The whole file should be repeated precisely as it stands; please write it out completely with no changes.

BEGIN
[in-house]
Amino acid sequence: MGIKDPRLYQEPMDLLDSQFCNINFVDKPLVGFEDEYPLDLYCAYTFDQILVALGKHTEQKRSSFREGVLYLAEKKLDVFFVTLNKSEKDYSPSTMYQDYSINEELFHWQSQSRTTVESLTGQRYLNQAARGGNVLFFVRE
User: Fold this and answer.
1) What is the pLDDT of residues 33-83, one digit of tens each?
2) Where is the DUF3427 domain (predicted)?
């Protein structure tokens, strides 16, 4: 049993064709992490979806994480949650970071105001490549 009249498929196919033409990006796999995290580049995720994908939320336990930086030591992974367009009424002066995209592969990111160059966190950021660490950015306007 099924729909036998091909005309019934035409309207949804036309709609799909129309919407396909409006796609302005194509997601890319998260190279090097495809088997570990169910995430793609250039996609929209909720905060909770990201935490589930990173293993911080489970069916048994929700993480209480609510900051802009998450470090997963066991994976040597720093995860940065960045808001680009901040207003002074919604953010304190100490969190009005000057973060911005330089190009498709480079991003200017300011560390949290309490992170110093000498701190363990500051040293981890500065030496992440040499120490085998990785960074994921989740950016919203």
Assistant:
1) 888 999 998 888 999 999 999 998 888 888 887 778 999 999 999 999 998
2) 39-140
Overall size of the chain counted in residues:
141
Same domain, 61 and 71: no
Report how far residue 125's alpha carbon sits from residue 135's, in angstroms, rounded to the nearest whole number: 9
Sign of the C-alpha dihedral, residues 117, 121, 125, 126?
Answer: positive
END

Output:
[in-house]
Amino acid sequence: MGIKDPRLYQEPMDLLDSQFCNINFVDKPLVGFEDEYPLDLYCAYTFDQILVALGKHTEQKRSSFREGVLYLAEKKLDVFFVTLNKSEKDYSPSTMYQDYSINEELFHWQSQSRTTVESLTGQRYLNQAARGGNVLFFVRE
User: Fold this and answer.
1) What is the pLDDT of residues 33-83, one digit of tens each?
2) Where is the DUF3427 domain (predicted)?
């Protein structure tokens, strides 16, 4: 049993064709992490979806994480949650970071105001490549 009249498929196919033409990006796999995290580049995720994908939320336990930086030591992974367009009424002066995209592969990111160059966190950021660490950015306007 099924729909036998091909005309019934035409309207949804036309709609799909129309919407396909409006796609302005194509997601890319998260190279090097495809088997570990169910995430793609250039996609929209909720905060909770990201935490589930990173293993911080489970069916048994929700993480209480609510900051802009998450470090997963066991994976040597720093995860940065960045808001680009901040207003002074919604953010304190100490969190009005000057973060911005330089190009498709480079991003200017300011560390949290309490992170110093000498701190363990500051040293981890500065030496992440040499120490085998990785960074994921989740950016919203």
Assistant:
1) 888 999 998 888 999 999 999 998 888 888 887 778 999 999 999 999 998
2) 39-140
Overall size of the chain counted in residues:
141
Same domain, 61 and 71: no
Report how far residue 125's alpha carbon sits from residue 135's, in angstroms, rounded to the nearest whole number: 9
Sign of the C-alpha dihedral, residues 117, 121, 125, 126?
Answer: positive